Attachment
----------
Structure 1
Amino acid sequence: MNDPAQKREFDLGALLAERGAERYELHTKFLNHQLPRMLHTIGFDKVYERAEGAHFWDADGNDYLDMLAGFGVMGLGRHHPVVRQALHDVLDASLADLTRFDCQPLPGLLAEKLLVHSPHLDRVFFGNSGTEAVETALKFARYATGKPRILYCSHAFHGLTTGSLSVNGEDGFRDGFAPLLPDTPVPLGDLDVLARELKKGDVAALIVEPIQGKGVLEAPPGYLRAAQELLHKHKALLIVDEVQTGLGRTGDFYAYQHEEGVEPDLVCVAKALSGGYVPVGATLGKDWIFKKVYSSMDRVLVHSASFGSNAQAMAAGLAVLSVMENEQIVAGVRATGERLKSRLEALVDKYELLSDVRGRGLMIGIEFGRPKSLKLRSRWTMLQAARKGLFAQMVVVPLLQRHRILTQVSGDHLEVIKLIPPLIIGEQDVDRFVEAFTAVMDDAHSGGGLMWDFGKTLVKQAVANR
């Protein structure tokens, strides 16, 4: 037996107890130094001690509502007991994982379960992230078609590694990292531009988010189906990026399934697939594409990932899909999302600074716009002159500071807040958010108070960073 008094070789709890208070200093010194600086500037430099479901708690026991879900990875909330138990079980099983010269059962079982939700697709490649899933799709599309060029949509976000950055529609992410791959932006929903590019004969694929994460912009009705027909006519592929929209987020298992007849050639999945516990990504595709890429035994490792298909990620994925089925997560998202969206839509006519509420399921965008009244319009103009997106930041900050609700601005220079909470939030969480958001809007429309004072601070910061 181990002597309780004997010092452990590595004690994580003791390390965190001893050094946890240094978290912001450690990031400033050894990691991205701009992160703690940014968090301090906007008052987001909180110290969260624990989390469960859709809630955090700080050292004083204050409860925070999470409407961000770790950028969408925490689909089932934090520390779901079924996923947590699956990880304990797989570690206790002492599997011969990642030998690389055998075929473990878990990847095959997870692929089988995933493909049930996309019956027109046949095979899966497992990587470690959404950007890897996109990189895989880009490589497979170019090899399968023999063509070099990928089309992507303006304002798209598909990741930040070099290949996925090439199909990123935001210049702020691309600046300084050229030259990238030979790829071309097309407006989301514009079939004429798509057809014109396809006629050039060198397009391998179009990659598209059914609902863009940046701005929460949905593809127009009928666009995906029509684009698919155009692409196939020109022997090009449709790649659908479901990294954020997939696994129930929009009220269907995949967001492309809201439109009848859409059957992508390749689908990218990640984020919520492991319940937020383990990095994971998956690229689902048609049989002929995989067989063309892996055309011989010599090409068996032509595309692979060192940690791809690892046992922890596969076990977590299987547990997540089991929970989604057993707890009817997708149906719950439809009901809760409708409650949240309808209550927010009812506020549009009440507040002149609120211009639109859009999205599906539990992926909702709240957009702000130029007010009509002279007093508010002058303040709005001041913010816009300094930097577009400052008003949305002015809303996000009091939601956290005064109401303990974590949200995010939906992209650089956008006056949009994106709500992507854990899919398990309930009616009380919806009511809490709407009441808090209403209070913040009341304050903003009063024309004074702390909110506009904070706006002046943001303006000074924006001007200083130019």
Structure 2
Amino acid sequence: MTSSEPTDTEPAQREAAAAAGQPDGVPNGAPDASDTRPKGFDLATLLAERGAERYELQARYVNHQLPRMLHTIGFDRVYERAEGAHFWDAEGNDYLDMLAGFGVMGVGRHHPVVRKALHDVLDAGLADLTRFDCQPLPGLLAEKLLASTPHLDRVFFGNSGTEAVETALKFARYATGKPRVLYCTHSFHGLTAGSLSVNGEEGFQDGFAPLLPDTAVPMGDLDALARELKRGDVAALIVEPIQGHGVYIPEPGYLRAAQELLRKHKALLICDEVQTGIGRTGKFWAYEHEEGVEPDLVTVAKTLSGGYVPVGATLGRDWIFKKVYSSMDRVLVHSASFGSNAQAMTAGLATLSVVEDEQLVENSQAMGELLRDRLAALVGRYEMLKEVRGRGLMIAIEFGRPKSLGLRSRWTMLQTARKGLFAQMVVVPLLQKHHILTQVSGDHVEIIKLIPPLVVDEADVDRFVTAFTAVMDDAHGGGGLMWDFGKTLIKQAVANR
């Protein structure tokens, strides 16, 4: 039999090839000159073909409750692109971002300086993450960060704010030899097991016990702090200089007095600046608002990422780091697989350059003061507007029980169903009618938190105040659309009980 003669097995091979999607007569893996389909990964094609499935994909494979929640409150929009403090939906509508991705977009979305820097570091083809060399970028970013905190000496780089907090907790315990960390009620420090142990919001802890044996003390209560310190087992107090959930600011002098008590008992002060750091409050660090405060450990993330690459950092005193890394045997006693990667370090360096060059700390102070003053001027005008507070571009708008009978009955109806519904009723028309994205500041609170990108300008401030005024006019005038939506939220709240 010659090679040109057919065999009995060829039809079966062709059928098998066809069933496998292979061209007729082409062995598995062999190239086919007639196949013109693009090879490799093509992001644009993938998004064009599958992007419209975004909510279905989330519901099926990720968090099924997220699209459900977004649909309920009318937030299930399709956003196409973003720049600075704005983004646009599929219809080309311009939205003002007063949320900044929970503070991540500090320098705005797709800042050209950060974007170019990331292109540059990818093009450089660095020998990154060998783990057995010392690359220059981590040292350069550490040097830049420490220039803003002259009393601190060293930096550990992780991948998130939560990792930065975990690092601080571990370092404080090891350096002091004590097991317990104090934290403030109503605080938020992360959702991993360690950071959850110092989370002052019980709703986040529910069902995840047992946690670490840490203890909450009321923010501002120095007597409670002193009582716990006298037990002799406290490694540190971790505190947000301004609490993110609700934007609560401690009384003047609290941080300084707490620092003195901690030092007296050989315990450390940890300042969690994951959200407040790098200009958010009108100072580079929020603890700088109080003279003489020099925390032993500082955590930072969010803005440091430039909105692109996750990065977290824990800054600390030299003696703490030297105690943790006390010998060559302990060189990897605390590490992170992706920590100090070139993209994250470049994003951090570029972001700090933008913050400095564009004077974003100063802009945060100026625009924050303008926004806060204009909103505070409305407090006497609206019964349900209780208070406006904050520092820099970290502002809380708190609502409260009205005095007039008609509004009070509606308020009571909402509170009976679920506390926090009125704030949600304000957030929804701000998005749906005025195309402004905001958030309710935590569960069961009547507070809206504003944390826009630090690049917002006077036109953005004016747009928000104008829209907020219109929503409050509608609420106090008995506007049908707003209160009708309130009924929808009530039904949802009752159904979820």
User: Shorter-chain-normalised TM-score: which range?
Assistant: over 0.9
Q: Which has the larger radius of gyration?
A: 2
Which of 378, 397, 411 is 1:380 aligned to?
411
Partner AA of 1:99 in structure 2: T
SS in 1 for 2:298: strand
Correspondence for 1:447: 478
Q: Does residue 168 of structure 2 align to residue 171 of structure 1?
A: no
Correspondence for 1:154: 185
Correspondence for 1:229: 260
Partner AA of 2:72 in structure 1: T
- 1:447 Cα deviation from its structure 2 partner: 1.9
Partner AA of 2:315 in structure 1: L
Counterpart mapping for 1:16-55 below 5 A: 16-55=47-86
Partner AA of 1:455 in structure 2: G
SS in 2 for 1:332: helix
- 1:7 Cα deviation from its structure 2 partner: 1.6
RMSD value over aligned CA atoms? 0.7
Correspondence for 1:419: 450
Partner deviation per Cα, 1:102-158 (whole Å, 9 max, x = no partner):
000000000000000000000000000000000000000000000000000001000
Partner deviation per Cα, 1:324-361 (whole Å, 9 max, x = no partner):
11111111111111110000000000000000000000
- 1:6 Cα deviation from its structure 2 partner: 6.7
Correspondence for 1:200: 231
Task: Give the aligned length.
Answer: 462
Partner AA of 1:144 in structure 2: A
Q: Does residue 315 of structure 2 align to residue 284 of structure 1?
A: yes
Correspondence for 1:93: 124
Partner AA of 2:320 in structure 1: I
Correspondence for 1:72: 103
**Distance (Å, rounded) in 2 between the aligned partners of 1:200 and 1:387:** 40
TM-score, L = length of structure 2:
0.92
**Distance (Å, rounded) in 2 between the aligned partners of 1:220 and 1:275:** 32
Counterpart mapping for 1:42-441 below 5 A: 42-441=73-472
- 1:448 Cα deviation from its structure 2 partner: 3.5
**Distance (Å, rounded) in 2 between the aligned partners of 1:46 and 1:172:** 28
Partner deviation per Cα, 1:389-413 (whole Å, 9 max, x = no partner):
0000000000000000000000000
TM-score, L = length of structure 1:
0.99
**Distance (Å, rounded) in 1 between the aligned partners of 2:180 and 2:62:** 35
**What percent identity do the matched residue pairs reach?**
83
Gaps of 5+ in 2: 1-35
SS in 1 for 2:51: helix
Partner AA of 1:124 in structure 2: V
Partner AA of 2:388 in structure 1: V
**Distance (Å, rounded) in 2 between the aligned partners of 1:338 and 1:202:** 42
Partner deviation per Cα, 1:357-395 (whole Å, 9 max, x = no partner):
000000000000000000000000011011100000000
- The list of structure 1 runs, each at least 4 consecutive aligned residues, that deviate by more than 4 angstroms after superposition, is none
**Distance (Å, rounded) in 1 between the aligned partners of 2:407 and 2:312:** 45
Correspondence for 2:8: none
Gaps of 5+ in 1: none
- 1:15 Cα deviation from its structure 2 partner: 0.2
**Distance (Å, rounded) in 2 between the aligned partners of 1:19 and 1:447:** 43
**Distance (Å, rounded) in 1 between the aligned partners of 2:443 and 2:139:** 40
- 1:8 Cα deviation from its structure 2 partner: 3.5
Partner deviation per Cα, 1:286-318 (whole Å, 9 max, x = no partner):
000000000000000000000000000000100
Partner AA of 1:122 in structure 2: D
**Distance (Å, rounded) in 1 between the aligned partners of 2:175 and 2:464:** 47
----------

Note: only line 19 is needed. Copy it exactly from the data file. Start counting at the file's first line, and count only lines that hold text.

Correspondence for 1:229: 260